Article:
Once it became a bit too crowded for us, we left out the exit towards the Basilica of Saint Peter the Apostle. We had to negotiate the strange configuration of entrances and group entrances but we eventually located it. We walked counterclockwise around the outer small mini-altar areas of the Basillica until we came to the very large sculpture of the altar of St. Peter.

This time around I noticed the swirly, twisted texture of the columns, steady but not boring. Also a first time for my second visit to the Basillica, my dad and I followed a line of people that looked like they were descending some narrow winding stairs directly adjacent to one of the many saintly statues. As we went down the stairs we realized that we were entered the papal grottos, an underground network of vaults that housed the remains and memorial statutes and sculptures of popes and royals. It was nice and cool down in the grottos, and there were a lot of statues of sleeping men.

 


After we returned upstairs from the grottos, we continued on with walking around the basilica, snapping photos and taking photos of many of the things we saw. After the basilica, we walked for a little bit until we found a little cafe to get a coffee and do some people watching. From there we walked back towards where we saw that we could get a coffee then we did that until we hailed a taxi to bring us back to the hotel by the Spanish steps. We tried to hail an Uber but our trips got cancelled and rescheduled multiple times just in the 10 minutes we were waiting.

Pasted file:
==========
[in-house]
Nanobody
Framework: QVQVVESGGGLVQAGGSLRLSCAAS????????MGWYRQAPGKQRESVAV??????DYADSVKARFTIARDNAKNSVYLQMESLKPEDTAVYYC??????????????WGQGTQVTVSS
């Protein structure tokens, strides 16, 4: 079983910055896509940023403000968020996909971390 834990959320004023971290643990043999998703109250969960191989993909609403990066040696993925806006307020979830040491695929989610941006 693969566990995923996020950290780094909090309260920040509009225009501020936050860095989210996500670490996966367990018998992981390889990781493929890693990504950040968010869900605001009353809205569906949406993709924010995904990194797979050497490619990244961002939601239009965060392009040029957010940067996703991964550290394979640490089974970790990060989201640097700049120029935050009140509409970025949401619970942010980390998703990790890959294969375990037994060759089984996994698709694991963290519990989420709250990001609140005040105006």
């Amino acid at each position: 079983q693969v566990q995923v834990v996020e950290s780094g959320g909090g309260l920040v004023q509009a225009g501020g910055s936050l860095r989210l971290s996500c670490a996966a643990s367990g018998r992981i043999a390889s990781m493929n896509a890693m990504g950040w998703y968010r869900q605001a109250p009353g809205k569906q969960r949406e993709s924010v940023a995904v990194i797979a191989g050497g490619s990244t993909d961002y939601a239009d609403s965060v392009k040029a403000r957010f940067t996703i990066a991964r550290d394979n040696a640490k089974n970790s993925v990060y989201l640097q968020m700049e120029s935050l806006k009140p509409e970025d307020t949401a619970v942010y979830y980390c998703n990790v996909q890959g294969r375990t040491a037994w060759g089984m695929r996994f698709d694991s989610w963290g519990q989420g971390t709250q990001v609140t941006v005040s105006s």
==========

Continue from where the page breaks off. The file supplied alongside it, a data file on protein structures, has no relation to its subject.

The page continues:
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Coffee!

Upon returning to the hotel, I showered and got all prepped for my big night of the opening reception for my solo exhibition. I took some time to briefly write out my artist talk in English and then used Google Translate to translate it paragraph by paragraph into Italian.  At around 3:30pm we were picked up by car to be driven about an hour out to Frosinone, where my show was being held at the Galeria Dei Villa Communale di Frosinone. We arrived about a half hour after we had anticipated arriving because of traffic, but we were not late for the official opening time, at least. There were only a few people milling about, and the musician was just setting up for the concert in the main gallery room. I found Alfio and touched base about the program schedule for the evening and when I would be giving my talk about the artwork.